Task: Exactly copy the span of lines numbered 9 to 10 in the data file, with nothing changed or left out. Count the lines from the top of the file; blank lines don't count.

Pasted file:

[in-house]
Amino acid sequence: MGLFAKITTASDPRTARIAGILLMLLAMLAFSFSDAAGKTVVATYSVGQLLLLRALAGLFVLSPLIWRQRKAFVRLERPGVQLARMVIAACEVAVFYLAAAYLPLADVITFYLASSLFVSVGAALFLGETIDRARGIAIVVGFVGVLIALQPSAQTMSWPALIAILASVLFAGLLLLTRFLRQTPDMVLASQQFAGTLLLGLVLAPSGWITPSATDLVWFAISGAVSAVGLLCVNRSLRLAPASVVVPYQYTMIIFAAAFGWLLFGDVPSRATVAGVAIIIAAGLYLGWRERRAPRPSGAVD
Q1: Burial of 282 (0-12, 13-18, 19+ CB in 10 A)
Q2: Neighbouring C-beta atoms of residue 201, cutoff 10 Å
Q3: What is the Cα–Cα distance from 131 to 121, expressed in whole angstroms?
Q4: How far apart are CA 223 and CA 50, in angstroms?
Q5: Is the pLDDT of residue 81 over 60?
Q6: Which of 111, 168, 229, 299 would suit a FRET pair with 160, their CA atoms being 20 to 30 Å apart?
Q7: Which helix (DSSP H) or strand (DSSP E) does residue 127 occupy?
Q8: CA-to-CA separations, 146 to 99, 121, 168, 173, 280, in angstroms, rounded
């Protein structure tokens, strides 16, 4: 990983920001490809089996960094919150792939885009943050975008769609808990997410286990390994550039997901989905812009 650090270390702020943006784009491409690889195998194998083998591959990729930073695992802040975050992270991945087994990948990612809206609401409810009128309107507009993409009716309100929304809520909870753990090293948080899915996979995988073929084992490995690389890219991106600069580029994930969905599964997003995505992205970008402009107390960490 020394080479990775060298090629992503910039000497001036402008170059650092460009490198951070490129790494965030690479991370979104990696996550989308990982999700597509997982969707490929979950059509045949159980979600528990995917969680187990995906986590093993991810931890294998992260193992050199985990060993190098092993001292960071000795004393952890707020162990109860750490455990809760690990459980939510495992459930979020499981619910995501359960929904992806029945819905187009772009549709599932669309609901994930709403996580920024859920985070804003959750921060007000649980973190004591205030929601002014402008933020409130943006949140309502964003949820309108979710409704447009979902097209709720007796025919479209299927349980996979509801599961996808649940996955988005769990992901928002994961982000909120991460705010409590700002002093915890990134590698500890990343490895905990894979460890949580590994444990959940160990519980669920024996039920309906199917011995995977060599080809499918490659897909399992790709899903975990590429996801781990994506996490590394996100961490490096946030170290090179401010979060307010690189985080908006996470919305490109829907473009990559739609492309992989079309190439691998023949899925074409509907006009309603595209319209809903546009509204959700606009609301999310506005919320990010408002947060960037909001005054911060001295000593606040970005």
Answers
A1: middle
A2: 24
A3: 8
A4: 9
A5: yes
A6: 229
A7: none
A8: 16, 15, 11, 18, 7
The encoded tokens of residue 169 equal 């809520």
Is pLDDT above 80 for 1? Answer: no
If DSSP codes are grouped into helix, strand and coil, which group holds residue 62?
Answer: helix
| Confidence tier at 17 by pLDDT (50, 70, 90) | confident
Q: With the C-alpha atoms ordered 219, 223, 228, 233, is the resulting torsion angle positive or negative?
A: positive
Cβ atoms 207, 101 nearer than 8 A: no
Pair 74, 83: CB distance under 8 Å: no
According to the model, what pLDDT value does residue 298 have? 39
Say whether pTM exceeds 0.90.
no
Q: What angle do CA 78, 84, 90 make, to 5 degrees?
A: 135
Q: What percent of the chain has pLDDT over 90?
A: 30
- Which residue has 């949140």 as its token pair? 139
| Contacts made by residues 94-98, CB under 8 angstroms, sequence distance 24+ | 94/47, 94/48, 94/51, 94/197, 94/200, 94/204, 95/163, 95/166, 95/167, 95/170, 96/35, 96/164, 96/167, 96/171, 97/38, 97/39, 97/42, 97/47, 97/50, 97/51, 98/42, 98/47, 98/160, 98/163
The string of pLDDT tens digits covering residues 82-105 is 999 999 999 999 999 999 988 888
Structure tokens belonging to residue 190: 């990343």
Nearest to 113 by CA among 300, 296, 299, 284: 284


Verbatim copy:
Q7: Which helix (DSSP H) or strand (DSSP E) does residue 127 occupy?
Q8: CA-to-CA separations, 146 to 99, 121, 168, 173, 280, in angstroms, rounded